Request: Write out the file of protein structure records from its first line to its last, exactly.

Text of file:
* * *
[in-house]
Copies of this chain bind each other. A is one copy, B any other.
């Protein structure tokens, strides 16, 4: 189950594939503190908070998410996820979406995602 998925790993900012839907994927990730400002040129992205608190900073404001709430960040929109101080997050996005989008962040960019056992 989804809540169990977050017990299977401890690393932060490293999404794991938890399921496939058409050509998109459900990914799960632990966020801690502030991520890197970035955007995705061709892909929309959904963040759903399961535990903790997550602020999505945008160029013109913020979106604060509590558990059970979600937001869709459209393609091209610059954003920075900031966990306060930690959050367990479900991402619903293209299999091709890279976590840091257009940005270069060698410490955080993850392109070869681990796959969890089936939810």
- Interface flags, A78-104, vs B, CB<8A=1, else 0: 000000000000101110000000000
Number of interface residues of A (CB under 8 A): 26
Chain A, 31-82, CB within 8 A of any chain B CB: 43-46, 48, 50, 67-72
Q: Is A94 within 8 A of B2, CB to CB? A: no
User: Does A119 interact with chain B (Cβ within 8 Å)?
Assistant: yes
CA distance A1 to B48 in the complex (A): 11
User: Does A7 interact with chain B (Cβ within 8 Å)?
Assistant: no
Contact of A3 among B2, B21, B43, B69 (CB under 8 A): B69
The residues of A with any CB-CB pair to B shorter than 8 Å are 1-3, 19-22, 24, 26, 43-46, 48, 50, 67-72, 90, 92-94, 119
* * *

[in-house]
Copies of this chain bind each other. A is one copy, B any other.
């Protein structure tokens, strides 16, 4: 189950594939503190908070998410996820979406995602 998925790993900012839907994927990730400002040129992205608190900073404001709430960040929109101080997050996005989008962040960019056992 989804809540169990977050017990299977401890690393932060490293999404794991938890399921496939058409050509998109459900990914799960632990966020801690502030991520890197970035955007995705061709892909929309959904963040759903399961535990903790997550602020999505945008160029013109913020979106604060509590558990059970979600937001869709459209393609091209610059954003920075900031966990306060930690959050367990479900991402619903293209299999091709890279976590840091257009940005270069060698410490955080993850392109070869681990796959969890089936939810």
- Interface flags, A78-104, vs B, CB<8A=1, else 0: 000000000000101110000000000
Number of interface residues of A (CB under 8 A): 26
Chain A, 31-82, CB within 8 A of any chain B CB: 43-46, 48, 50, 67-72
Q: Is A94 within 8 A of B2, CB to CB? A: no
User: Does A119 interact with chain B (Cβ within 8 Å)?
Assistant: yes
CA distance A1 to B48 in the complex (A): 11
User: Does A7 interact with chain B (Cβ within 8 Å)?
Assistant: no
Contact of A3 among B2, B21, B43, B69 (CB under 8 A): B69
The residues of A with any CB-CB pair to B shorter than 8 Å are 1-3, 19-22, 24, 26, 43-46, 48, 50, 67-72, 90, 92-94, 119